The second error of the hyper-Calvinistic denial of the call of the gospel was the fear that a call of the gospel to the unregenerated wicked would jeopardize the doctrines of election and limited atonement. This is evident in Article 33 of the Gospel Standard Churches, quoted above, which continues: “. . . and . . . to deny the doctrine of special redemption.” This would indeed be true if the call to the reprobate expressed God’s love for him and manifested a desire of God to save him. But such is not the case. When God sends the gospel forth into all the world, presenting Christ crucified to all who hear the preaching and calling all who hear to repent of their sins and believe on that Christ, His purpose is to save the elect and the elect only. The love that sends forth the gospel, like the love that sent forth Christ in the fullness of time, is the love of God for the elect Church. This love is sovereign love. As the call to repent and believe goes out, God the Holy Spirit works that repentance and faith in the hearts of the elect in the audience. He gives us what He calls for, and He gives it by the calling. “Come!,” He says, and that sovereignly gracious call draws us irresistibly to Christ. This is the confidence of every preacher when he calls men to repent and believe: God will make it effective in the elect. With regard to the others in the audience, the’ call comes to them also, seriously. But the call does not express God’s love for them, nor does it imply that Jesus died for them. By the call, God confronts them with their duty, and shows them what will be pleasing to Him. But His purpose with the call to them is not a saving purpose. On the contrary, it is the purpose to render them inexcusable and to harden them (Romans 9:18. cf. alsoMatthew 11:25-27). There is always a two-fold outcome of the preaching of the gospel, including the serious call of the gospel to all who hear, according to the sovereign purpose of God with this preaching and call: “Now thanks be unto God, which always causeth us to triumph in Christ, and maketh manifest the savour of his knowledge by us in every place. For we are unto God a sweet savour of Christ, in them that are saved, and in them that perish: To the one we are the savour of death unto death; and to the other the savour of life unto life. And who is sufficient for these things?” (II Corinthians 2:14-16)
The practical effects of the hyper-Calvinistic denial of the call of the gospel to all and sundry and of the attempt to limit it to the reborn elect are disastrous. Basically, the effect is nothing less than the loss of the lively preaching of the gospel, first in the sphere of missions, and then, inevitably, within the church herself. The classic example is the well-known response of J. C. Ryland, close friend of John Gill, to William Carey’s plea for mission societies to preach the gospel in India: “Sit down, young man. When God pleases to convert the heathen He will do it without your aid and mine.” Apart now from the fact that mission societies are wrong and apart from the fact that old Ryland may have seen a mission spirit corrupted by Arminianism, his notion that God’s sovereignty in salvation makes preaching unnecessary was false. Applied consistently, this notion would rule out, not only preaching to the heathen, but also all preaching. The Biblical rejoinder, and the Reformed confession, is: the sovereign God is pleased to save His people through the preaching of the gospel.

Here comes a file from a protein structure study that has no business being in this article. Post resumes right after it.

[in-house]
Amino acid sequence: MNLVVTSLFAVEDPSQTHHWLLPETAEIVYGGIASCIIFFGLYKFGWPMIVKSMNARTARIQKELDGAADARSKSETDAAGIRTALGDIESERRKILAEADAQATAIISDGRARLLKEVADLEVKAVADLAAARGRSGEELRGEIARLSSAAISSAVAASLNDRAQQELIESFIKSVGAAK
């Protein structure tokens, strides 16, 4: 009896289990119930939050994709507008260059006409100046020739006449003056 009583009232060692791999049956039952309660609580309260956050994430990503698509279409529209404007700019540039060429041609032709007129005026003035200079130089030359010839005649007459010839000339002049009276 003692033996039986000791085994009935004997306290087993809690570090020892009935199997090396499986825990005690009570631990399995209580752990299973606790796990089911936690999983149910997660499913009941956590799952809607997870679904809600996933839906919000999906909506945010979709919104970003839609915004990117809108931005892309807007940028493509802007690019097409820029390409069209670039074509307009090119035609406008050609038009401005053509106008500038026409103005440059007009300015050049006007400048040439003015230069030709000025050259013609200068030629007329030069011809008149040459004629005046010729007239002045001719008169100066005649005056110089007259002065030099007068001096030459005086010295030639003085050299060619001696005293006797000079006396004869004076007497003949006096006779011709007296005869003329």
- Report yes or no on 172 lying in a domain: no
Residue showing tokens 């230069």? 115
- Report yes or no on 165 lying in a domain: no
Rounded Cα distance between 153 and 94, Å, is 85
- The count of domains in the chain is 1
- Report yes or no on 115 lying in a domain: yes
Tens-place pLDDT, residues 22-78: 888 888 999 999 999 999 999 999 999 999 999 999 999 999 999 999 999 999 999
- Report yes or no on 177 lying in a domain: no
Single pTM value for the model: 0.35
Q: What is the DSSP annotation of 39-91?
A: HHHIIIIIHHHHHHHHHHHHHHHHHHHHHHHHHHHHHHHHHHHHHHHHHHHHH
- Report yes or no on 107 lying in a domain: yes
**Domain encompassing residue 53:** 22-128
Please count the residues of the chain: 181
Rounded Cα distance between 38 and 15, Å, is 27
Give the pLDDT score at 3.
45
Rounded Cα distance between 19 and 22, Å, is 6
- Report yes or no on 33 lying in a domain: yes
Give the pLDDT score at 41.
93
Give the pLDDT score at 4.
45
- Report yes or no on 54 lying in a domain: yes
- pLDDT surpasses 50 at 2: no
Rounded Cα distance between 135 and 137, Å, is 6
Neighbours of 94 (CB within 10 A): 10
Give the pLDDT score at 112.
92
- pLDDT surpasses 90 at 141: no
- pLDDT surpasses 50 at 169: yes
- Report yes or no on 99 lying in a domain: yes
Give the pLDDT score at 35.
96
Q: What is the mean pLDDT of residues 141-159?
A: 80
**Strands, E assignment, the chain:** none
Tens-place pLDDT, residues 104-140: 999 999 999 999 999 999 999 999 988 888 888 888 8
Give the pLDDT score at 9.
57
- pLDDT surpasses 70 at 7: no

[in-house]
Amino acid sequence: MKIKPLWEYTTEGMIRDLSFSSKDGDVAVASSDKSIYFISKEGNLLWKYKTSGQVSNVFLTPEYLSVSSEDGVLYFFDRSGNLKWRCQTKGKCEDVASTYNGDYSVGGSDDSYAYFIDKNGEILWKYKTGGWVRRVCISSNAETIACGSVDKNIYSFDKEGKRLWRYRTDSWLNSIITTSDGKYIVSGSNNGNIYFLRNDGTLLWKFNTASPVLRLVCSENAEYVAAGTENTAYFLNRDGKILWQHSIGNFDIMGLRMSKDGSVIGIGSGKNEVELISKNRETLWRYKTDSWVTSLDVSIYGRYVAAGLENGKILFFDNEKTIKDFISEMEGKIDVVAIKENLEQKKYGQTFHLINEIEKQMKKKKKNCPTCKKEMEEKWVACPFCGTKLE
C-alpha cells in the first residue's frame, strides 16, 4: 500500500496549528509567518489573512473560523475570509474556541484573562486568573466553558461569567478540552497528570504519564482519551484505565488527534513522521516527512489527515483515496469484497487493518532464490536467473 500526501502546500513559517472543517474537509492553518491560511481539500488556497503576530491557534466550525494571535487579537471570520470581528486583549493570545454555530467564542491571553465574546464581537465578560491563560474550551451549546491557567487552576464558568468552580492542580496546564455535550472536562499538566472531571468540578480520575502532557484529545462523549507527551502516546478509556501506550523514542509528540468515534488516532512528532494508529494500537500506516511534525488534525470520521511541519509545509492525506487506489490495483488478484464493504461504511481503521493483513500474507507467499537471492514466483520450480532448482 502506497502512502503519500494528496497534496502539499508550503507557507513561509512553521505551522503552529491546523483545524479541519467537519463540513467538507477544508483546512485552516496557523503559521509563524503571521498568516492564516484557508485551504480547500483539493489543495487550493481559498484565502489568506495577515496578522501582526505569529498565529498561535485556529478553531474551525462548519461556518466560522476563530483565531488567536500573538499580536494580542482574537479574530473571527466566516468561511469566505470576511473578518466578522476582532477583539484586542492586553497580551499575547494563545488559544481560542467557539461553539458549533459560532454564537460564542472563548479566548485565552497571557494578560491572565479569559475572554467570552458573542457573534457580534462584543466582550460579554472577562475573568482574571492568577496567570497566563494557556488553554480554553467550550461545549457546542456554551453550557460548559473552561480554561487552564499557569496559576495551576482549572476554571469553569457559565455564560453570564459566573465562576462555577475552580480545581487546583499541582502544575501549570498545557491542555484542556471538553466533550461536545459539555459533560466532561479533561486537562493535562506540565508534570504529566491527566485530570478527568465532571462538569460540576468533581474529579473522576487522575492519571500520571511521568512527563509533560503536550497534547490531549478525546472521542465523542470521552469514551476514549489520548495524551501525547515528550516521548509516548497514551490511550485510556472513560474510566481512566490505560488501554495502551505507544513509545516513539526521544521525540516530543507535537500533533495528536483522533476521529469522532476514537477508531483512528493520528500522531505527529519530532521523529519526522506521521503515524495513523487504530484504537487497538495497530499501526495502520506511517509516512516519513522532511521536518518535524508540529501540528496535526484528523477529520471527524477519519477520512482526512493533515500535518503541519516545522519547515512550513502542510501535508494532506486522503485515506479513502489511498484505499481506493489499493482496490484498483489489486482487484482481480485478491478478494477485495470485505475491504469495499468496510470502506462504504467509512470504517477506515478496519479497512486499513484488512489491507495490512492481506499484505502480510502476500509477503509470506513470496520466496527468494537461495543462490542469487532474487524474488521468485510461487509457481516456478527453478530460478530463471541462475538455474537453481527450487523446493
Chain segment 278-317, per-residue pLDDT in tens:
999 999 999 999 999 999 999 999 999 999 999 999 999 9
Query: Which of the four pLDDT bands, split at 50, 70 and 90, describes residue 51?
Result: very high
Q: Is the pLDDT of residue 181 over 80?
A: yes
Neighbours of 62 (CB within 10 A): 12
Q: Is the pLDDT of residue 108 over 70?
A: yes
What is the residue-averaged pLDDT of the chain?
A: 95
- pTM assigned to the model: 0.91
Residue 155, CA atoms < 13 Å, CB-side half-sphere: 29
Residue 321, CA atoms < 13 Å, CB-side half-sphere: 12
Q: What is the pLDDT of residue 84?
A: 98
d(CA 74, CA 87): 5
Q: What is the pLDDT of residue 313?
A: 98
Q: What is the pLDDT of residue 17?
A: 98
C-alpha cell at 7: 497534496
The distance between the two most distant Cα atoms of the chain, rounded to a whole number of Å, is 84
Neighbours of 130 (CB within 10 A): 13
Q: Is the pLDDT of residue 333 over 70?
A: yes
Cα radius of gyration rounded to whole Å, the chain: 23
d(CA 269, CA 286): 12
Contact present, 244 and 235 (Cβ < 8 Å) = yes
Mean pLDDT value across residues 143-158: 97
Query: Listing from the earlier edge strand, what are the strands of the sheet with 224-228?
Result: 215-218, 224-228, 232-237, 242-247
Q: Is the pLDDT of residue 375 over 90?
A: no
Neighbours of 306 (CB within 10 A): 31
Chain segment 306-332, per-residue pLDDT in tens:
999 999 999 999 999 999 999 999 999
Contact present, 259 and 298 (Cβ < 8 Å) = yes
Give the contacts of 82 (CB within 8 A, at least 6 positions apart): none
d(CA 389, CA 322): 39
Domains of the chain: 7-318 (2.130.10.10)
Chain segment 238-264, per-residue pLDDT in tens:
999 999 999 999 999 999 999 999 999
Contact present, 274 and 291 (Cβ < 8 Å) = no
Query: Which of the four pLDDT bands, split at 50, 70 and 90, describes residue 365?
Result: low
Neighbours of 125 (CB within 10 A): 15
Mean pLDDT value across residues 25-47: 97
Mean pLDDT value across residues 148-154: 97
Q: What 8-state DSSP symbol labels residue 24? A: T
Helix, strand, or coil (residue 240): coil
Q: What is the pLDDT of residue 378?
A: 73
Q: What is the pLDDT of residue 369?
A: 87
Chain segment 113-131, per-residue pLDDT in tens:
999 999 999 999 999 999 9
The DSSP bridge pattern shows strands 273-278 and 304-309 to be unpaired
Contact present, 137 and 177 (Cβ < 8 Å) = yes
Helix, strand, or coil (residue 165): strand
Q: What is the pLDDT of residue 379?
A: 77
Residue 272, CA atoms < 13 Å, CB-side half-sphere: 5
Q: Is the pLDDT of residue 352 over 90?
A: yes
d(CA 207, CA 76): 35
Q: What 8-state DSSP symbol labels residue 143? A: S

To strip the call from the preaching is to do violence to the gospel itself. The call to believe is not an appendage of the gospel, to be tacked on awkwardly at the end like the proverbial tail on the donkey. It is an inherent part of the gospel itself. Whenever and wherever the gospel is preached, the call to repent and believe is sounded to all who hear, whether explicitly or implicitly. Usually the apostles made the call explicit: “Repent!, Believe!” Sometimes, the call was implied, e.g., in the sermon at Pisidian Antioch, recorded in Acts 13. Paul did not explicitly say, “Believe.” But his statement in verse 39 that justification comes only by faith in Christ, not from the law, and his warning in verses 40 and 41 against refusing to believe sound the call loudly and clearly : “Believe on this crucified and risen Christ!” The message proclaimed in the gospel is not something that may ever merely be received for information, nor does it ever leave anyone with the impression that God is satisfied with that. The message of the gospel is the message of God’s Son in our flesh, crucified and risen for the forgiveness of sins and eternal life. The gospel must be believed, and the Christ presented in the gospel must be believed on — today. Nothing else will do. Therefore, the gospelcalls those who hear the good news.
Also, the attempt to limit the call to the regenerated is a hopeless task. It sets before any minister an impossible task. Before he may call a sinner to repent and believe, he must determine that the sinner is born again. Even if a person reveals some sorrow for sin, he ought to determine whether the sorrow is godly sorrow or the sorrow of the world. The result will be that a man, fearful of compromising Calvinism by calling an unregenerate, will call almost no one. This is to reverse God’s operations. For the sake of the elect, God has the Church call all who hear the preaching; lest it call a reprobate, hyper-Calvinism tends to call no one.
Condemnation of hyper-Calvinism does not touch the Protestant Reformed rejection of the “well meant gospel-offer.” Between the serious call to all who hear the gospel and the well-meant offer of the gospel, there is a vast gulf fixed, the gulf that separates the historic Reformed faith from Arminianism. (to be continued)